HOME
          
LATEST STORY
Ken Doctor: Why The New York Times hired Kinsey Wilson
ABOUT                    SUBSCRIBE
Dec. 30, 2011, 12:30 p.m.

Joshua Young: 2012 will be the year we focus, again, on the writer

“Focus on the user and all else will follow”? There’s more to it than that.

Editor’s Note: We’re wrapping up 2011 by asking some of the smartest people in journalism what the new year will bring.

Here’s Josh Young, who currently handles the contributor network at the real-time media company Sulia, and who formerly headed social news at The Huffington Post.

The first of Google’s ten core principles has framed the way we think about the content on the Internet:

Focus on the user and all else will follow.

Of course, that user is really what technologists and economists both call the “end user.” When it comes to content, that means the reader. This principle presumes that users have information needs and that the information to satisfy those needs already exists. The task is culling, discovering, finding.

This is essentially the idea that content just happens. Search is the easy example, but you can see it in curation, too. The answers are all there — disguised by the blooming, buzzing confusion of even more information — and we just need a better filter.

Almost all content platforms are informed by this principle, as well — at least as a matter of positioning. WordPress has no agenda. Tumblr doesn’t care what you write. Pinterest doesn’t have a say in what boards you pin together. Quora doesn’t care what you ask or answer. Nor does YouTube care what you upload. Soundcloud doesn’t care what you create. Read It Later doesn’t care what you read later any more than Twitter cares what you Tweet. The list goes on and on.

The formula for today’s most successful content platforms is to give a bunch of writers each a soapbox and then to give vastly more readers some tools to find the soapbox best for them. In any two-sided market, after all, an economist might tell you to subsidize the side that’s more price-sensitive and to charge the side that has more to gain from network effects. Blah blah blah.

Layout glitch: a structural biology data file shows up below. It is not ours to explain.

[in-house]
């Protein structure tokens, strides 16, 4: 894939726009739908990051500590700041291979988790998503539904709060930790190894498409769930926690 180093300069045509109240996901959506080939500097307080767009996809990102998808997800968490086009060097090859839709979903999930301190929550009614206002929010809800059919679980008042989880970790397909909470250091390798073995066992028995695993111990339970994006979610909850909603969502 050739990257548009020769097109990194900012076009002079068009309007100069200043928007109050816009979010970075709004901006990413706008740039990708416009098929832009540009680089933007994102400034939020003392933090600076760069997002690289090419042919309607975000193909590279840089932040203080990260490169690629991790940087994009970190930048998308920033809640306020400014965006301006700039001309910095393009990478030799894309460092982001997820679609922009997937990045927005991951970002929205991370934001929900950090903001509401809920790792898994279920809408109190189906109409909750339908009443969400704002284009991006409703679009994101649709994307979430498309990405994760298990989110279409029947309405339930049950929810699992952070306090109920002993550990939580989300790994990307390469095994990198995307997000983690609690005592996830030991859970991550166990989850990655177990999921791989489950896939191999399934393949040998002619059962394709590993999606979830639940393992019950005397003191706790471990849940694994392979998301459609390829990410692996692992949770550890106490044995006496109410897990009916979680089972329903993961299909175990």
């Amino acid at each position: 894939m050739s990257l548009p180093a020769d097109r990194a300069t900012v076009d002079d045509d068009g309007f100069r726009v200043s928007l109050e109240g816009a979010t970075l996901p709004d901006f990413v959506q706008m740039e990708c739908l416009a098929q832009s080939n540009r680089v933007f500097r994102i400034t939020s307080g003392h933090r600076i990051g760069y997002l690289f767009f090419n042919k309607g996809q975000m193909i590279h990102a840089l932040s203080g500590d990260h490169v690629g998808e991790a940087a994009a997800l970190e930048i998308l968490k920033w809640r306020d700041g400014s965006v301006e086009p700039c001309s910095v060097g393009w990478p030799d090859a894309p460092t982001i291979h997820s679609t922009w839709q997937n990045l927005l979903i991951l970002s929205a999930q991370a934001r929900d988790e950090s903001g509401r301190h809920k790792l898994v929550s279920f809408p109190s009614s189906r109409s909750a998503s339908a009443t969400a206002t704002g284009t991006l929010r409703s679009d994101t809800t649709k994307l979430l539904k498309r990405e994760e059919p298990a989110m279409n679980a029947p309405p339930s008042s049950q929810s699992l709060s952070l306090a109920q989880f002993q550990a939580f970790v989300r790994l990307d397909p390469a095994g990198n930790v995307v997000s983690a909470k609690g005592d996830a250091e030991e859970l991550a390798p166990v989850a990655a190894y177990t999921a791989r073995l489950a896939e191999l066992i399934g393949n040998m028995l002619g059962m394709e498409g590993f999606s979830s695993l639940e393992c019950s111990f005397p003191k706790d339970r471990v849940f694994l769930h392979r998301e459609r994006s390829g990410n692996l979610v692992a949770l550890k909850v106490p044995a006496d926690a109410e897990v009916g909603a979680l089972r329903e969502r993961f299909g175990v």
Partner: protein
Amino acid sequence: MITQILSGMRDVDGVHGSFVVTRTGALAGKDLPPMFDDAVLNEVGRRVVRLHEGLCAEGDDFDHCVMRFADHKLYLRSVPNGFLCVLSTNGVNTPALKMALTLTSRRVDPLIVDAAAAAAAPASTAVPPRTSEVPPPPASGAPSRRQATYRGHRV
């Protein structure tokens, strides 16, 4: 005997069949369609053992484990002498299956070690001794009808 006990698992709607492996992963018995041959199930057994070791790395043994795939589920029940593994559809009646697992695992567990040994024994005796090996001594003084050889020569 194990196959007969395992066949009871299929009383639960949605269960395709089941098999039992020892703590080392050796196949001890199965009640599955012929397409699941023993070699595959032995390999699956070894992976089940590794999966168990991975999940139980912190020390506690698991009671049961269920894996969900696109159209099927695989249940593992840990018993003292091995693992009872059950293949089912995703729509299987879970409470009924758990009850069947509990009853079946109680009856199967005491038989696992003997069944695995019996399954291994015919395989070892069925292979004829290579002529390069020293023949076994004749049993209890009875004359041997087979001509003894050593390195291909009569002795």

Of course, audiences will never just happen. Likewise, “Focus on the writer and all else will follow” doesn’t seem like a promising economic model.

But I am not an economist, and I think 2012 will be the year in which we realize that Google’s first core principle misses something important. We will recognize all over again the value in catering to the writer — or, rather, the best writers. We will thus also invest in giving them tools to reach the right readers. Maybe readers aren’t so price-sensitive, and maybe they stand very much to gain from network effects. 2012 will show us.

Image by Steven Depolo used under a Creative Commons license.

POSTED     Dec. 30, 2011, 12:30 p.m.
PART OF A SERIES     Predictions for Journalism 2012
SHARE THIS STORY
   
Show comments  
Show tags
 
Join the 15,000 who get the freshest future-of-journalism news in our daily email.
Ken Doctor: Why The New York Times hired Kinsey Wilson
The former chief content officer at NPR will be moving up I-95 to one of the most important digital positions at the Times.
Why Google is taking another shot at helping readers pay for news
Google Contributor is the latest tool the company has designed to help readers pay for what they read online. But its previous experiments in supporting paid content have had limited success.
In Canada, newspapers’ attempts to experiment with ebooks haven’t seen much success
A number of papers across the country started ebook programs in the early part of this decade, repurposing their archives or producing new work. They haven’t been the moneymakers some had hoped.
What to read next
718
tweets
Ken Doctor: The New York Times’ financials show the transition to digital accelerating
The numbers may look flat, but they contain a continuing set of ups and downs. Up next: executing on a year’s worth of launches.
540Here’s some remarkable new data on the power of chat apps like WhatsApp for sharing news stories
At least in certain contexts, WhatsApp is a truly major traffic driver — bigger even than Facebook. Should there be a WhatsApp button on your news site?
502Controlled chaos: As journalism and documentary film converge in digital, what lessons can they share?
Old and new media types from journalism, documentary, and technology backgrounds gathered at MIT to share practices and discuss mutual concerns.
These stories are our most popular on Twitter over the past 30 days.
See all our most recent pieces ➚
Encyclo is our encyclopedia of the future of news, chronicling the key players in journalism’s evolution.
Here are a few of the entries you’ll find in Encyclo.   Get the full Encyclo ➚
Chicago Tribune
Austin American-Statesman
DNAinfo
INDenverTimes
Voice Media Group
Newsday
Semana
Politico
Hechinger Report
BBC News
Newsmax
The Economist